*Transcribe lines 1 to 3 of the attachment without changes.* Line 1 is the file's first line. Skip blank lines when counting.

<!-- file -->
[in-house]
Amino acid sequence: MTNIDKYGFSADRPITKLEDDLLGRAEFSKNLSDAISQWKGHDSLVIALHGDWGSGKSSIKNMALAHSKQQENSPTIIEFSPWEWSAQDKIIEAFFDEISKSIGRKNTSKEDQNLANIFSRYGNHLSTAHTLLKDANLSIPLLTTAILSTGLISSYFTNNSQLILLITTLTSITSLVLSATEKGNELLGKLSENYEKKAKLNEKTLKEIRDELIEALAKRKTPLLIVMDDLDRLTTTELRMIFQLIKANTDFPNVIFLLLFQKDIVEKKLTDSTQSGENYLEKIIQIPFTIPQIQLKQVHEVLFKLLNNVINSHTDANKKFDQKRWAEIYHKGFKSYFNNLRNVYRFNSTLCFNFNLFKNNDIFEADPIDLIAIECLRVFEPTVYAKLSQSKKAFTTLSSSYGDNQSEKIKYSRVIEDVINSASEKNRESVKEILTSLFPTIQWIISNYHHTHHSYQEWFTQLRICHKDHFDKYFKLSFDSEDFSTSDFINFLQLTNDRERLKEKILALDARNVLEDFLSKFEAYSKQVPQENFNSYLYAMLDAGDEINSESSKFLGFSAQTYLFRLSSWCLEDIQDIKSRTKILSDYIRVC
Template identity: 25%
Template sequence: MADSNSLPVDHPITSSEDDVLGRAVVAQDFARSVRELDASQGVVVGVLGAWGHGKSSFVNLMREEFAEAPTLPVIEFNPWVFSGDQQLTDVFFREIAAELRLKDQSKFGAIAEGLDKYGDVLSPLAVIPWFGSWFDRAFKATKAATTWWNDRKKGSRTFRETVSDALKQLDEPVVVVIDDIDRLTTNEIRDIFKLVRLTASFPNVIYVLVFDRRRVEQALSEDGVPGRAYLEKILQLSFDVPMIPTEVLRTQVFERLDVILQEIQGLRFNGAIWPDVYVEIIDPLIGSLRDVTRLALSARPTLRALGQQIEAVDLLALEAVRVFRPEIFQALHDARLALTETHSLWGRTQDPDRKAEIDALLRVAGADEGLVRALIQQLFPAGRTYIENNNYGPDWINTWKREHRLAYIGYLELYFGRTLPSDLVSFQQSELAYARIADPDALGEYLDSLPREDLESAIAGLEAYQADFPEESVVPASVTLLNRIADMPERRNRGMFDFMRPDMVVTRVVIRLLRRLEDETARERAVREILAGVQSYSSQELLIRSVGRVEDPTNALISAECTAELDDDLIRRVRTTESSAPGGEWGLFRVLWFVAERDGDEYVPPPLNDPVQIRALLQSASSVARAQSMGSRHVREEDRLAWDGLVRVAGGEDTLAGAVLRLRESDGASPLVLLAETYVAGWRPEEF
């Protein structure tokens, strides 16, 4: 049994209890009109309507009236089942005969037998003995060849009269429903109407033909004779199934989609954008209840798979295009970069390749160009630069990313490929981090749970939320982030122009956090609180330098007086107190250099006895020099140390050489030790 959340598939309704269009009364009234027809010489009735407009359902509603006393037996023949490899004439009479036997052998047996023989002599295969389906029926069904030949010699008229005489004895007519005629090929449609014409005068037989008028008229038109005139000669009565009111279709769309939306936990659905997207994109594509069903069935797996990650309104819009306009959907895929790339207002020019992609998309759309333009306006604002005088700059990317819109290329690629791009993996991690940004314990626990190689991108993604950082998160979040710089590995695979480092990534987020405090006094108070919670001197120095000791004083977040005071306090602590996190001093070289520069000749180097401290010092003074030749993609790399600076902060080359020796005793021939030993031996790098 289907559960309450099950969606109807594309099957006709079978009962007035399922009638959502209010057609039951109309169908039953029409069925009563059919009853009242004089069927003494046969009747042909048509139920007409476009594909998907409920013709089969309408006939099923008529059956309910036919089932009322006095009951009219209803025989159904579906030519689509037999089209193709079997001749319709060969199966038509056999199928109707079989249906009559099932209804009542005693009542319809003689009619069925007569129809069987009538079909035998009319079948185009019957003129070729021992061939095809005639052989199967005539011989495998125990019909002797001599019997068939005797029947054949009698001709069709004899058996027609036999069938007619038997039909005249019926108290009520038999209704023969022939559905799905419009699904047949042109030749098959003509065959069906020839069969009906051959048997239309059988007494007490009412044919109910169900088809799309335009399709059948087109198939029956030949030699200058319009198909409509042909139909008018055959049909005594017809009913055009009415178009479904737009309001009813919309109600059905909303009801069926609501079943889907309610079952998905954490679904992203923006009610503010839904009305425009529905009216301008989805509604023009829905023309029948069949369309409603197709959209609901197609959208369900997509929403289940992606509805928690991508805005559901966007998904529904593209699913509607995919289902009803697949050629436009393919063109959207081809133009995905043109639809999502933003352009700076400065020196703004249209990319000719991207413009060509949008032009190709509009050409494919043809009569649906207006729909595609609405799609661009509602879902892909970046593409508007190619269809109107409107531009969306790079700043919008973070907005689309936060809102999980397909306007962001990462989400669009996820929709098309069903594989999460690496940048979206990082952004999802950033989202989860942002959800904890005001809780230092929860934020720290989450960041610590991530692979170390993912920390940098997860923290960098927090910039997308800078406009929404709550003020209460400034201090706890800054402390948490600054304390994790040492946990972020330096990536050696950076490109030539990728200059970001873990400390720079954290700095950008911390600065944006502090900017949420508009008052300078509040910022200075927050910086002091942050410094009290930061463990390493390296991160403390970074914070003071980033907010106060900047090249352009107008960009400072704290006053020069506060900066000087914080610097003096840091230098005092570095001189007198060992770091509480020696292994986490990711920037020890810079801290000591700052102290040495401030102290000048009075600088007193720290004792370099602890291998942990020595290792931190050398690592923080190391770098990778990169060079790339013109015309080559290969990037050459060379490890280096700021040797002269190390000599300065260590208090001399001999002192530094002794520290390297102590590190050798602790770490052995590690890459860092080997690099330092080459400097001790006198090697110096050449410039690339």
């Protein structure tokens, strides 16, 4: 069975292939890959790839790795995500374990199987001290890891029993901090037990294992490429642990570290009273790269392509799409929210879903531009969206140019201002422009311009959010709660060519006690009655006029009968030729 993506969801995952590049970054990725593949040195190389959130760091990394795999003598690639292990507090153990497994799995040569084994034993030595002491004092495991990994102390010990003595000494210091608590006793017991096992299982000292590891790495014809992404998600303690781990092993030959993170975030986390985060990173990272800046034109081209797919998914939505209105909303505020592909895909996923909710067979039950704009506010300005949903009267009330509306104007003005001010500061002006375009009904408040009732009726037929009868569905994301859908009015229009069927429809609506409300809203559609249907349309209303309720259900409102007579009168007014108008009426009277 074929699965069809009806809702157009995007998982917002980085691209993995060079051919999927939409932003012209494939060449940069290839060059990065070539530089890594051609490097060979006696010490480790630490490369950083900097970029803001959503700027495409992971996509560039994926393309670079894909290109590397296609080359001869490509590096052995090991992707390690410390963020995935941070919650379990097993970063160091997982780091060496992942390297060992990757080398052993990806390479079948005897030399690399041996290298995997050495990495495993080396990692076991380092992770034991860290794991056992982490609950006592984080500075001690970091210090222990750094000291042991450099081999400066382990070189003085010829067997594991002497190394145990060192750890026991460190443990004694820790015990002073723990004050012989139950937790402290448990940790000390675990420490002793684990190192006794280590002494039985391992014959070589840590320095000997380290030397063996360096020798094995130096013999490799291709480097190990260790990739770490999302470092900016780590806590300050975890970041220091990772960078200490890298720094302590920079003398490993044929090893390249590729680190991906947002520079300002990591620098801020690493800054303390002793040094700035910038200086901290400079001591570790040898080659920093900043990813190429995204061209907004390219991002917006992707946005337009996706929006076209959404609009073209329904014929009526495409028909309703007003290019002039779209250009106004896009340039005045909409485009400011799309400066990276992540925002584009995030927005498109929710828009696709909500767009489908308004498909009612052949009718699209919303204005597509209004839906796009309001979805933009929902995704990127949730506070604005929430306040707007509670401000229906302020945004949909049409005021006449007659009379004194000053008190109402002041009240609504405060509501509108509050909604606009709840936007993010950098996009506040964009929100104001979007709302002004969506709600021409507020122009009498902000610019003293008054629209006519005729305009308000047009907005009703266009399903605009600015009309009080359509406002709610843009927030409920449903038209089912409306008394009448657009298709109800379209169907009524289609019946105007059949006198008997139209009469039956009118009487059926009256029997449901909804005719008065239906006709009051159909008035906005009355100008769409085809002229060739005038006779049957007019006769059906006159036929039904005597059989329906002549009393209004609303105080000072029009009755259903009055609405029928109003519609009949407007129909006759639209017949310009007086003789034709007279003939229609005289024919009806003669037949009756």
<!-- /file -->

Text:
[in-house]
Amino acid sequence: MTNIDKYGFSADRPITKLEDDLLGRAEFSKNLSDAISQWKGHDSLVIALHGDWGSGKSSIKNMALAHSKQQENSPTIIEFSPWEWSAQDKIIEAFFDEISKSIGRKNTSKEDQNLANIFSRYGNHLSTAHTLLKDANLSIPLLTTAILSTGLISSYFTNNSQLILLITTLTSITSLVLSATEKGNELLGKLSENYEKKAKLNEKTLKEIRDELIEALAKRKTPLLIVMDDLDRLTTTELRMIFQLIKANTDFPNVIFLLLFQKDIVEKKLTDSTQSGENYLEKIIQIPFTIPQIQLKQVHEVLFKLLNNVINSHTDANKKFDQKRWAEIYHKGFKSYFNNLRNVYRFNSTLCFNFNLFKNNDIFEADPIDLIAIECLRVFEPTVYAKLSQSKKAFTTLSSSYGDNQSEKIKYSRVIEDVINSASEKNRESVKEILTSLFPTIQWIISNYHHTHHSYQEWFTQLRICHKDHFDKYFKLSFDSEDFSTSDFINFLQLTNDRERLKEKILALDARNVLEDFLSKFEAYSKQVPQENFNSYLYAMLDAGDEINSESSKFLGFSAQTYLFRLSSWCLEDIQDIKSRTKILSDYIRVC
Template identity: 25%